The economic benefits of mercury reductions
Mercury pollution is a global problem with local consequences: Emissions from coal-fired power plants and other sources travel around the world through the atmosphere, eventually settling in oceans and waterways, where the pollutant gradually accumulates in fish. Consumption of mercury-contaminated seafood leads to increased risk for cardiovascular disease and cognitive impairments.
In the past several years, a global treaty and a domestic policy have been put in place to curb mercury emissions. But how will such policies directly benefit the U.S.?
In a new study published this week in the Proceedings of the National Academy of Sciences, MIT researchers report that global action on reducing mercury emissions will lead to twice the economic benefits for the U.S., compared with domestic action, by 2050. However, those in the U.S. who consume locally caught freshwater fish, rather than seafood from the global market, will benefit more from domestic rather than international mercury regulations.
The researchers calculated the projected U.S. economic benefits from the Minamata Convention on Mercury, a global treaty adopted in 2013 to reduce mercury emissions worldwide, compared with the Mercury and Air Toxics Standards (MATS), a national regulation set by the U.S. Environmental Protection Agency to reduce mercury pollution from the country’s coal-fired power plants.
Overall, while both policies are projected to lead to roughly the same amount of reductions in mercury deposited on U.S. soil compared to a no-policy case, Americans’ consumption of mercury by 2050 are estimated to be 91 percent lower under the global treaty, compared to 32 percent under U.S. policy alone. The researchers say these numbers reflect the U.S. commercial fish market, 90 percent of which is sourced from Pacific and Atlantic Ocean basins — regions that are heavily influenced by emissions from non-U.S. sources, including China.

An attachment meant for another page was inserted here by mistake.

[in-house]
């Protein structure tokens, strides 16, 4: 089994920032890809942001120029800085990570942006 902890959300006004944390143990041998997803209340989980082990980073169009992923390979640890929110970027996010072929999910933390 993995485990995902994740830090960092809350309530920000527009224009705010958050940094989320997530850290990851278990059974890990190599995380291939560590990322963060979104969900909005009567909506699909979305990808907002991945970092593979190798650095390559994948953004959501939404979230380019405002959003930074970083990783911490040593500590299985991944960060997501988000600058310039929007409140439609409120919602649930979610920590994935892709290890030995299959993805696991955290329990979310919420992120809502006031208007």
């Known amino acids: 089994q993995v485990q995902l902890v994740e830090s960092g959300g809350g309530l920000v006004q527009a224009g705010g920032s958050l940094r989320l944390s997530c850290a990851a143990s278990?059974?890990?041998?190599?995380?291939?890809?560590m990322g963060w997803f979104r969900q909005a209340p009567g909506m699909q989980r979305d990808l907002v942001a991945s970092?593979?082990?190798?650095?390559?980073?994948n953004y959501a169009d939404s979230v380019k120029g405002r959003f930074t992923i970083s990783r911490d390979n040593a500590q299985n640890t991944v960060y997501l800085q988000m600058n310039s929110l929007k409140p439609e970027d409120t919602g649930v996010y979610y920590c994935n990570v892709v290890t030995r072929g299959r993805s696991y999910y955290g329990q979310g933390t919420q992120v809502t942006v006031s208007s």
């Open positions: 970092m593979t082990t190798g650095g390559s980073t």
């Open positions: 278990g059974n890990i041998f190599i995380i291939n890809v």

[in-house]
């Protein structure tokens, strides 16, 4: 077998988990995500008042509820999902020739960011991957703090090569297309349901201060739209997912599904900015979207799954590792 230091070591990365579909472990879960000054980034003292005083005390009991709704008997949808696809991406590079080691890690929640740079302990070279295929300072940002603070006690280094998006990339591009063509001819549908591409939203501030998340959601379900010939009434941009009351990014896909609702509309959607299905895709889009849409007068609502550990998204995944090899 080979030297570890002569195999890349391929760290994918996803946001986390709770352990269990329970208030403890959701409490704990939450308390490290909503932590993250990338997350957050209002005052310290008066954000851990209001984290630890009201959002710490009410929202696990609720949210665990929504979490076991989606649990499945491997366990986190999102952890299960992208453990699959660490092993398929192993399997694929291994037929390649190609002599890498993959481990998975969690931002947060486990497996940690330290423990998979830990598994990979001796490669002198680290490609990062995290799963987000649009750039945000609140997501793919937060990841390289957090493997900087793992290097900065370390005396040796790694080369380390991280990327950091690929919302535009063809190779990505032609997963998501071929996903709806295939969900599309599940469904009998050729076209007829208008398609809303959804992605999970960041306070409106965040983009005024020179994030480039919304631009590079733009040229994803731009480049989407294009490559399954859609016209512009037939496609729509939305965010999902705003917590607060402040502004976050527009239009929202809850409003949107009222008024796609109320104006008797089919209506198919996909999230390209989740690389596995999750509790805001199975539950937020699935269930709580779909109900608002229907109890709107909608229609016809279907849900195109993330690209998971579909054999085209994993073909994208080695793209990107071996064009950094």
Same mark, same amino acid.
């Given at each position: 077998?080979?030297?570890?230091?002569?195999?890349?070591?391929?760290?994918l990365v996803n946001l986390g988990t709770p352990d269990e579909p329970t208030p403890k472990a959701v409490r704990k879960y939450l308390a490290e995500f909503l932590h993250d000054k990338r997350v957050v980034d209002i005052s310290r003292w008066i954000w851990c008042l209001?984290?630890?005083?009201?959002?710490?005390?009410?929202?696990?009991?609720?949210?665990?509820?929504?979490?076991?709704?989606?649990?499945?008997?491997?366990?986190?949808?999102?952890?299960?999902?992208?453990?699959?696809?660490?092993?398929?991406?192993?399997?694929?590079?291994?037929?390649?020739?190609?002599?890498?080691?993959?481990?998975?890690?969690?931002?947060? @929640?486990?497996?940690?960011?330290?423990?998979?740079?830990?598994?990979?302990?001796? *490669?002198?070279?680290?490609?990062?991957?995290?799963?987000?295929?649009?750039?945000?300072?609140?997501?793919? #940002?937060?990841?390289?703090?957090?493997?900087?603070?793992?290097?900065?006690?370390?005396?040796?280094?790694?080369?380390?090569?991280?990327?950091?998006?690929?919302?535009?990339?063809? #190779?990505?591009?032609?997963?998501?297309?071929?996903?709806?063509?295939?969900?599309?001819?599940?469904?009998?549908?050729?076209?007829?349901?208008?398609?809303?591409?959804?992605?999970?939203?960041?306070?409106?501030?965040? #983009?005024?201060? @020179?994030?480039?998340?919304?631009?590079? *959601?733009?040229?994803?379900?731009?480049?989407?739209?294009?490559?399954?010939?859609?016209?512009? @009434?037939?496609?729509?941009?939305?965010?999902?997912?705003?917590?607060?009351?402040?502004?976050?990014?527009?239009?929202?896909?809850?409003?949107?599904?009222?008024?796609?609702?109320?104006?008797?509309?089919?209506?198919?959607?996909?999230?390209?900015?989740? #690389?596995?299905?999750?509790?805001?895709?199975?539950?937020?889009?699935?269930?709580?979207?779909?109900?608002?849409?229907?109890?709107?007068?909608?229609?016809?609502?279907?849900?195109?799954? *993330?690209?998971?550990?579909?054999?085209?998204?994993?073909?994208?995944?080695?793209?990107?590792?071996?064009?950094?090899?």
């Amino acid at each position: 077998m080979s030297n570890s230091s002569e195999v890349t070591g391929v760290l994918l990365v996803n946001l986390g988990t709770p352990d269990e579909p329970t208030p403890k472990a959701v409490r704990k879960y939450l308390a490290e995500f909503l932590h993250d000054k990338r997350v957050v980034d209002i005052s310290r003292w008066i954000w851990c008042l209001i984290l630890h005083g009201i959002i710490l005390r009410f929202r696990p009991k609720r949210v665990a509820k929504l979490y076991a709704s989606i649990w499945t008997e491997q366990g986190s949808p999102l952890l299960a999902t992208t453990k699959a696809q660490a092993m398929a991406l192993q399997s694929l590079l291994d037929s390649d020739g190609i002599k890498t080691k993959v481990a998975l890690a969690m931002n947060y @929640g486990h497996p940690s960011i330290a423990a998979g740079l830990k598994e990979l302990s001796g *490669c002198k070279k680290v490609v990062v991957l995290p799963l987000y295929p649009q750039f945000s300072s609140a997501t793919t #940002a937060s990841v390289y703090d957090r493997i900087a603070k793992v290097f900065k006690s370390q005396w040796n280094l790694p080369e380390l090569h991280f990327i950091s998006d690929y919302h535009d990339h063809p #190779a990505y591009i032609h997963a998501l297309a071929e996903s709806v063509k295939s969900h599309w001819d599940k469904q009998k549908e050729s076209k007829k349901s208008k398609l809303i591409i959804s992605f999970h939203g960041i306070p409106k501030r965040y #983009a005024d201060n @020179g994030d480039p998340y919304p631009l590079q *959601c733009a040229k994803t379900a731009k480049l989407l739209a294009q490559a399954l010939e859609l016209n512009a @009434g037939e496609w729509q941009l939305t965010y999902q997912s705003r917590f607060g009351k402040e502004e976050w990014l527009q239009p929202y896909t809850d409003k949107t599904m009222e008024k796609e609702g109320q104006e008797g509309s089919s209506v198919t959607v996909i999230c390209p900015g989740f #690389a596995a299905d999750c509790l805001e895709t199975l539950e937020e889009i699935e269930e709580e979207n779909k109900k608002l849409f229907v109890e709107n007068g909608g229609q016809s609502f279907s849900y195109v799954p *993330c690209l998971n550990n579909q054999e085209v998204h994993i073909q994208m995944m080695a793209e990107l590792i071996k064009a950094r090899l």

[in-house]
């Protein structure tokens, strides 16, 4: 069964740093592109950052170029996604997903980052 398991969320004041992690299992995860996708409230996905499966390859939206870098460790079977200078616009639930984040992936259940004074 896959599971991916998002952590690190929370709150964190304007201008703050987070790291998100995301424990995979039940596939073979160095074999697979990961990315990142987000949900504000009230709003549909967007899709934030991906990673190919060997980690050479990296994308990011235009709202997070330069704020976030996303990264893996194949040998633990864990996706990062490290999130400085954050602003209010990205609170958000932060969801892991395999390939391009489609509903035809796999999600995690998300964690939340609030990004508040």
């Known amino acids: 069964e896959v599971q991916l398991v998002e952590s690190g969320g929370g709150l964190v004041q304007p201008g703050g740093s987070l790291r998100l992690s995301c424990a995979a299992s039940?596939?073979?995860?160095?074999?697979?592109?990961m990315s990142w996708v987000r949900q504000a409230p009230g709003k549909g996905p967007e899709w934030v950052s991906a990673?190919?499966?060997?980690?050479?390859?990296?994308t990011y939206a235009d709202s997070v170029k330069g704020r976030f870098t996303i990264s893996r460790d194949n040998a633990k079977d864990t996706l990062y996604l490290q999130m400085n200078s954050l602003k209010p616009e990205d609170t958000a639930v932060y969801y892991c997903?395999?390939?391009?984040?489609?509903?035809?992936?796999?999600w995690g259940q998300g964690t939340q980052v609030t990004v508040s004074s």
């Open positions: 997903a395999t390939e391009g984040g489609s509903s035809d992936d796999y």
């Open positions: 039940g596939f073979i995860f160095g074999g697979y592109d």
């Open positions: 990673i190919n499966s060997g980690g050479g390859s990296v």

From their projections of reduced mercury consumption, the researchers estimated health impacts to the U.S. population under both policies, then translated these impacts into economic benefits. They characterized these in two ways: projected lifetime benefits from an individual’s reduced exposure to mercury, including willingness to pay for lowering the risk of a fatal heart attack, cost savings from avoided medical care, and increased earnings; and economy-wide benefits, or the associated productivity gains of a national labor force with improved IQ and fewer heart attacks, as a result of reduced exposure to mercury.
Based on these calculations, the team estimated that by 2050, emissions reductions under the Minamata Convention on Mercury would lead to $339 billion in lifetime benefits and $104 billion in economy-wide benefits in the U.S., compared to $147 billion and $43 billion, respectively, from MATS.
Continue reading at MIT News.
Mercury image via Shutterstock.